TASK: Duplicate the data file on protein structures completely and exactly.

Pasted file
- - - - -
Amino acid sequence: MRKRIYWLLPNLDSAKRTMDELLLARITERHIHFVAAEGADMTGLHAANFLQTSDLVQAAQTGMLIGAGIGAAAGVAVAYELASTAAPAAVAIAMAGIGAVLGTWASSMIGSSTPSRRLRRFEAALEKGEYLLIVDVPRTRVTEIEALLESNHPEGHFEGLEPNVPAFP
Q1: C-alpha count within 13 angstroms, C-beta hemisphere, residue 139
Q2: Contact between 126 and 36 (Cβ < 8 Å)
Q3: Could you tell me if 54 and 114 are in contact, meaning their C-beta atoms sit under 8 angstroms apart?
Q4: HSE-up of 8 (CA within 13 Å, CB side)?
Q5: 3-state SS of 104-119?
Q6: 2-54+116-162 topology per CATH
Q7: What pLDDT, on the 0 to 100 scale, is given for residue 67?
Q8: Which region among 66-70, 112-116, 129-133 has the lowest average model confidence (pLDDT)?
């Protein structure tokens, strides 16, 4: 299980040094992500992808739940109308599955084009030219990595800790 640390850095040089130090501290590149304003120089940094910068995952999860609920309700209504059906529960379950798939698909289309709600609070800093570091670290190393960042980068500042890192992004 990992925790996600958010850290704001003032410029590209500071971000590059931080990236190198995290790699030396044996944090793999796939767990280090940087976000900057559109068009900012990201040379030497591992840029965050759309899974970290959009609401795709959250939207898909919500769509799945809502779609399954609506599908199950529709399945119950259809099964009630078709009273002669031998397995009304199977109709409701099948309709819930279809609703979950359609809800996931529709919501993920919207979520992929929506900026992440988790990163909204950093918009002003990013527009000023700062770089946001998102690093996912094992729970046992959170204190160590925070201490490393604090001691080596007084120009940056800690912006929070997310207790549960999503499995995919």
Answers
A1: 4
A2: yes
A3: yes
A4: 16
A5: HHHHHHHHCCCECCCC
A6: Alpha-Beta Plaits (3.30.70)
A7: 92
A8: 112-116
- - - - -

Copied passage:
Amino acid sequence: MRKRIYWLLPNLDSAKRTMDELLLARITERHIHFVAAEGADMTGLHAANFLQTSDLVQAAQTGMLIGAGIGAAAGVAVAYELASTAAPAAVAIAMAGIGAVLGTWASSMIGSSTPSRRLRRFEAALEKGEYLLIVDVPRTRVTEIEALLESNHPEGHFEGLEPNVPAFP
Q1: C-alpha count within 13 angstroms, C-beta hemisphere, residue 139
Q2: Contact between 126 and 36 (Cβ < 8 Å)
Q3: Could you tell me if 54 and 114 are in contact, meaning their C-beta atoms sit under 8 angstroms apart?
Q4: HSE-up of 8 (CA within 13 Å, CB side)?
Q5: 3-state SS of 104-119?
Q6: 2-54+116-162 topology per CATH
Q7: What pLDDT, on the 0 to 100 scale, is given for residue 67?
Q8: Which region among 66-70, 112-116, 129-133 has the lowest average model confidence (pLDDT)?
């Protein structure tokens, strides 16, 4: 299980040094992500992808739940109308599955084009030219990595800790 640390850095040089130090501290590149304003120089940094910068995952999860609920309700209504059906529960379950798939698909289309709600609070800093570091670290190393960042980068500042890192992004 990992925790996600958010850290704001003032410029590209500071971000590059931080990236190198995290790699030396044996944090793999796939767990280090940087976000900057559109068009900012990201040379030497591992840029965050759309899974970290959009609401795709959250939207898909919500769509799945809502779609399954609506599908199950529709399945119950259809099964009630078709009273002669031998397995009304199977109709409701099948309709819930279809609703979950359609809800996931529709919501993920919207979520992929929506900026992440988790990163909204950093918009002003990013527009000023700062770089946001998102690093996912094992729970046992959170204190160590925070201490490393604090001691080596007084120009940056800690912006929070997310207790549960999503499995995919």
Answers
A1: 4
A2: yes
A3: yes
A4: 16
A5: HHHHHHHHCCCECCCC
A6: Alpha-Beta Plaits (3.30.70)
A7: 92
A8: 112-116